•  Rogers
  •  Bell
  •  Telus
  •  Shaw
  •  Videotron

Smaller flanker brands such as Koodo, Public Mobile, and Fido may exist inside these corporations. These smaller carriers are controlled by the same huge corporations as the larger providers, although they offer various packages and costs.

Don’t buy a new phone plan until you’ve read our detailed guide on how to pick the best phone carrier in Canada. It may be useful to bundle numerous services together when setting up your phone, such as several mobile lines or your TV package and cell service.

Repatriating to Canada: A Checklist

6. Open a Bank Account in Canada

Banking in Canada, like its telecommunications services, is dominated by a few significant businesses known as the Big Five. They are as follows:

  • Royal Bank of Canada (RBC)
  • Toronto-Dominion (TD) Bank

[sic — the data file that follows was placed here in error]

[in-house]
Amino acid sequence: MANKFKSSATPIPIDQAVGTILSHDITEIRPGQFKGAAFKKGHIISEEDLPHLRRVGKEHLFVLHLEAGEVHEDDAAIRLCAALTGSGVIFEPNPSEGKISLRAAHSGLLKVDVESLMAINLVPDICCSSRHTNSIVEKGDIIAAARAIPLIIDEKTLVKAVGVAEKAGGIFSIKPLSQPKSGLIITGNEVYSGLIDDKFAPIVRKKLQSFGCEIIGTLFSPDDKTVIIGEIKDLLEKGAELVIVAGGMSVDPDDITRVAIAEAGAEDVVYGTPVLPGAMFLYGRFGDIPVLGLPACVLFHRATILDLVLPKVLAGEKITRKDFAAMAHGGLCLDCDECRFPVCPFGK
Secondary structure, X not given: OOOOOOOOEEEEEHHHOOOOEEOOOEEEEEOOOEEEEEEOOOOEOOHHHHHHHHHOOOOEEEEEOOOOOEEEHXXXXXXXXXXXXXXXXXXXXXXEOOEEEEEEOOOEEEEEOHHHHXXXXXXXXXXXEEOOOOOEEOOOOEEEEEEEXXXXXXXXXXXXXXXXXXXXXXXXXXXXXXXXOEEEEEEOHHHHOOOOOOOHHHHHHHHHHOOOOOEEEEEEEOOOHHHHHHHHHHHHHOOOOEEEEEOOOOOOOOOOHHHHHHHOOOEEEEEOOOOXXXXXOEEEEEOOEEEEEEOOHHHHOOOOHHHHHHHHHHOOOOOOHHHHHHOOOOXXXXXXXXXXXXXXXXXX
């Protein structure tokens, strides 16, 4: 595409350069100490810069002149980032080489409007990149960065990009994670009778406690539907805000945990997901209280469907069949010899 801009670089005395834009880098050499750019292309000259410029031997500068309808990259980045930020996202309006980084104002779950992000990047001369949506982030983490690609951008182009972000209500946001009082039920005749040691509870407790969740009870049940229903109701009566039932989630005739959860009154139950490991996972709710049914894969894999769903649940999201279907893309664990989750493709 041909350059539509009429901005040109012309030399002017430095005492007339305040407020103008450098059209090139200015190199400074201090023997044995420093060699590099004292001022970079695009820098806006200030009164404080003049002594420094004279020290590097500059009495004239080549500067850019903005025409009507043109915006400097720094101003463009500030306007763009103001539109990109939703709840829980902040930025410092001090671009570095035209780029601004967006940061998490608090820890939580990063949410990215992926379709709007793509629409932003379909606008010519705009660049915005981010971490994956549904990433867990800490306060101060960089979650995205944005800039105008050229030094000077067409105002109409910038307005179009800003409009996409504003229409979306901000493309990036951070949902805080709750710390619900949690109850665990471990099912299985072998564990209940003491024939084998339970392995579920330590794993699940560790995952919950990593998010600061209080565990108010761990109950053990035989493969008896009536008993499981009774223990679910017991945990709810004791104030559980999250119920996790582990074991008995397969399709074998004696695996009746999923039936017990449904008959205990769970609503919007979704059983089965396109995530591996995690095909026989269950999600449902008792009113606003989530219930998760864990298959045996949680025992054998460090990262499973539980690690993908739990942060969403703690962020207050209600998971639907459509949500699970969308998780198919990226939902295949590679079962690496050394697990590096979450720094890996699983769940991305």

• Bank of Nova Scotia (Scotiabank)
  • Bank of Montreal (BMO)
  • The Canadian Imperial Bank of Commerce (CIBC)

Other multinational banks, including as HSBC, have entered Canada’s newbie market in recent years. Each of these banks provides a comparable level of service, but depending on where you reside, one may be better than the other for your needs.

You’ll need to set up your banking when you initially return to Canada. Although, in recent years, certain banks have made attempts to allow new account holders to open accounts prior to their arrival in Canada.

Final Thoughts

This is only the beginning of your to-do list after you return to Canada. Obtaining a driver’s license, learning how to pay Canadian taxes, obtaining a credit card, and locating a doctor are all tasks that should be completed during your first few months in Canada.

However, don’t allow yourself to become overwhelmed! Canada is a pleasant and inviting country, and there are always people willing to assist.

Pained by financial indecision? Want to invest with Adam?

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Adam is an internationally recognised author on financial matters, with over 735.2 million answer views on Quora.com, a widely sold book on Amazon, and a contributor on Forbes.


Repatriating to Canada: A Checklist